Domestic workers in Johannesburg: Hidden, vulnerable and essential

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By Leslie Vryenhoek

Domestic workers represent a vast, hidden and essential workforce whose efforts inside private homes allow their employers to be more productive outside the home. In Johannesburg, South Africa, domestic work provides a major source of employment. But capturing the working lives of domestic workers is a difficult assignment—to see firsthand the workplace requires permission to enter a private home. Only employers who know they are fair will open the door to a camera and an interview.

Anna Nkobele [pictured above] is lucky enough to have such an employer. Nonetheless, the road is not always smooth and she likens domestic work to a marriage. “You can have a happy relationship,” she says, “but it all depends on how you deal with the potholes.” 

In the more than 20 years she has cleaned, laundered and provided child care for Tineke Wulffers, there have been many potholes to negotiate. And both women agree; the beginning of their relationship was difficult. 

“I had gone to a lot of effort to ensure I was hiring the right person,” Tineke says. But the woman she’d hired did not show up, sending instead her cousin, Anna, to take care of the Wulffers house and newborn baby. “I wanted someone to make my life easier,” Tineke candidly explains. “I didn’t want to inherit someone else’s problems.”

And Anna did not come unencumbered. She had four daughters living back in QwaQwa. Fortunately, there was a willingness on the part of both employer and worker to negotiate. Independently, both women share the same description of how they resolved conflicts: “We would sit on the floor together until we had talked it out.”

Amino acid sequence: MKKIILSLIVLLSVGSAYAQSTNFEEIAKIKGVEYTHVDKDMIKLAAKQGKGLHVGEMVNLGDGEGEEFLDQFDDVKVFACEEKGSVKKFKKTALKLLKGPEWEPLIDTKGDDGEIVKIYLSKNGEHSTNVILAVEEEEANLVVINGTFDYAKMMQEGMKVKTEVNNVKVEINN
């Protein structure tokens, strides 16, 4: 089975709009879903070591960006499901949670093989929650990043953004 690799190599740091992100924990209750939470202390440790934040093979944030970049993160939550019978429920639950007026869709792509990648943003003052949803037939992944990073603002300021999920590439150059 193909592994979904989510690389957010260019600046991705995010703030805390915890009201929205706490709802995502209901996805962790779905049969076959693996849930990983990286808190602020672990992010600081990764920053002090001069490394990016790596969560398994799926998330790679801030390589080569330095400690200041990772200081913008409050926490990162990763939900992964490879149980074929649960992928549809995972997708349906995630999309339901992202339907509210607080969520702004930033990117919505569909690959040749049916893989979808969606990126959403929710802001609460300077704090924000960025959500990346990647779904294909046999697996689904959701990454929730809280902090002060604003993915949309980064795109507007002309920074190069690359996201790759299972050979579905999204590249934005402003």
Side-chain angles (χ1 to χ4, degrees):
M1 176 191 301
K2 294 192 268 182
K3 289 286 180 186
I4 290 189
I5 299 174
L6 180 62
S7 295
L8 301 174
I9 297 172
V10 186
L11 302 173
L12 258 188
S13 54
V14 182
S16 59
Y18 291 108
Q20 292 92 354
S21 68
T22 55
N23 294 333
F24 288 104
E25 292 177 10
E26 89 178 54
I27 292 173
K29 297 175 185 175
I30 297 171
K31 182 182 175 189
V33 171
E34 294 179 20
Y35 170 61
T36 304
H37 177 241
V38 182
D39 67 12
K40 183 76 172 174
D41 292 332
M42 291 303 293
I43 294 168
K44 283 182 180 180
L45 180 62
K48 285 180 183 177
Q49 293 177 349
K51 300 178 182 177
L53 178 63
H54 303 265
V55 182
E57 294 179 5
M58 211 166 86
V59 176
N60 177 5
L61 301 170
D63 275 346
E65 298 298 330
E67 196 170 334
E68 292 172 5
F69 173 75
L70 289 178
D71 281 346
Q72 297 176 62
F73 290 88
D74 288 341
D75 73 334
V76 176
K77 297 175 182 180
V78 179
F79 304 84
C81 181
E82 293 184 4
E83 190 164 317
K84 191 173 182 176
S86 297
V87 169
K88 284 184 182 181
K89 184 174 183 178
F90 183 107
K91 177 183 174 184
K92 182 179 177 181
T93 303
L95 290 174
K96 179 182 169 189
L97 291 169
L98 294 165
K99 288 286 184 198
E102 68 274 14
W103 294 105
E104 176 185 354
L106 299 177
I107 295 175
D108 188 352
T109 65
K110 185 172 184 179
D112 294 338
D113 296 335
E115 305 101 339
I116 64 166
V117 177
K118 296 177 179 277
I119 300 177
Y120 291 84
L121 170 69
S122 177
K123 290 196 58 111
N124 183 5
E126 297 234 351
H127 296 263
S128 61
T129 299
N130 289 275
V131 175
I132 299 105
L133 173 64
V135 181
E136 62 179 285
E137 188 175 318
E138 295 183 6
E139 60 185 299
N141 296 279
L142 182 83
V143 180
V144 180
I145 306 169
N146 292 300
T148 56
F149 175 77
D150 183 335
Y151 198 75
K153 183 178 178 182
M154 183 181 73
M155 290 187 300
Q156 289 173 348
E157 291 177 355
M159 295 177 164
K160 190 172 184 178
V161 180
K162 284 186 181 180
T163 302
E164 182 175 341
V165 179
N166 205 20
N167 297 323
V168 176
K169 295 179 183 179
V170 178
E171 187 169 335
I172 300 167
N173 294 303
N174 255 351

For her domestic service, Anna is paid 3,100 rand—the minimum wage set by the government’s labour regulations. In addition, she receives accommodation and food. The Wulffers also set up a pension fund for Anna, which has “built up nicely” over the years, and which she can access when she decides to retire. Because she is now over 60, she also receives a small monthly government pension.

The baby that Anna came to help with has grown up. And through the years, tragically, all four of Anna’s daughters have died. The youngest left her with two grandsons to raise. Those energetic boys, five and six years old, live with Anna in the room she occupies at the back of the Wulffer’s suburban house, and Tineke is helping with their upbringing.